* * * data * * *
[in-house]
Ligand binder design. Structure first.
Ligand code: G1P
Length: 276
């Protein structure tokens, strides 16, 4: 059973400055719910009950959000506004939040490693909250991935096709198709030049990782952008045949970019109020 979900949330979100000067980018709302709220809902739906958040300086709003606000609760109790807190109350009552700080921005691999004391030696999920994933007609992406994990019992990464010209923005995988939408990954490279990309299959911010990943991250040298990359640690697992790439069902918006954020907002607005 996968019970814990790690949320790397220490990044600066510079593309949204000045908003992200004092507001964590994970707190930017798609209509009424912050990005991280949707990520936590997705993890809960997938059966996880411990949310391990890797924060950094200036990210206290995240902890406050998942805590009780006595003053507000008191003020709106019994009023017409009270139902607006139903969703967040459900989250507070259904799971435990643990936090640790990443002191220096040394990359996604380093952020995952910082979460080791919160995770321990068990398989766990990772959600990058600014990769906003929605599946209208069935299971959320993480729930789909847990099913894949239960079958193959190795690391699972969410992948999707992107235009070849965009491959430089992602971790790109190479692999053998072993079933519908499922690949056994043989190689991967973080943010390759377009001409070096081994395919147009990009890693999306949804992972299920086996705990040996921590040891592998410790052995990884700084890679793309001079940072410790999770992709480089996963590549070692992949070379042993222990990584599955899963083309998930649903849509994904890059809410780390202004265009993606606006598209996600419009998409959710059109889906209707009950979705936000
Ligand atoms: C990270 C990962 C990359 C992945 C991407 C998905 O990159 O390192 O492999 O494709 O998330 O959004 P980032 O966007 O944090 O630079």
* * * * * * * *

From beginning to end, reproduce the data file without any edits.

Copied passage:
[in-house]
Ligand binder design. Structure first.
Ligand code: G1P
Length: 276
């Protein structure tokens, strides 16, 4: 059973400055719910009950959000506004939040490693909250991935096709198709030049990782952008045949970019109020 979900949330979100000067980018709302709220809902739906958040300086709003606000609760109790807190109350009552700080921005691999004391030696999920994933007609992406994990019992990464010209923005995988939408990954490279990309299959911010990943991250040298990359640690697992790439069902918006954020907002607005 996968019970814990790690949320790397220490990044600066510079593309949204000045908003992200004092507001964590994970707190930017798609209509009424912050990005991280949707990520936590997705993890809960997938059966996880411990949310391990890797924060950094200036990210206290995240902890406050998942805590009780006595003053507000008191003020709106019994009023017409009270139902607006139903969703967040459900989250507070259904799971435990643990936090640790990443002191220096040394990359996604380093952020995952910082979460080791919160995770321990068990398989766990990772959600990058600014990769906003929605599946209208069935299971959320993480729930789909847990099913894949239960079958193959190795690391699972969410992948999707992107235009070849965009491959430089992602971790790109190479692999053998072993079933519908499922690949056994043989190689991967973080943010390759377009001409070096081994395919147009990009890693999306949804992972299920086996705990040996921590040891592998410790052995990884700084890679793309001079940072410790999770992709480089996963590549070692992949070379042993222990990584599955899963083309998930649903849509994904890059809410780390202004265009993606606006598209996600419009998409959710059109889906209707009950979705936000
Ligand atoms: C990270 C990962 C990359 C992945 C991407 C998905 O990159 O390192 O492999 O494709 O998330 O959004 P980032 O966007 O944090 O630079």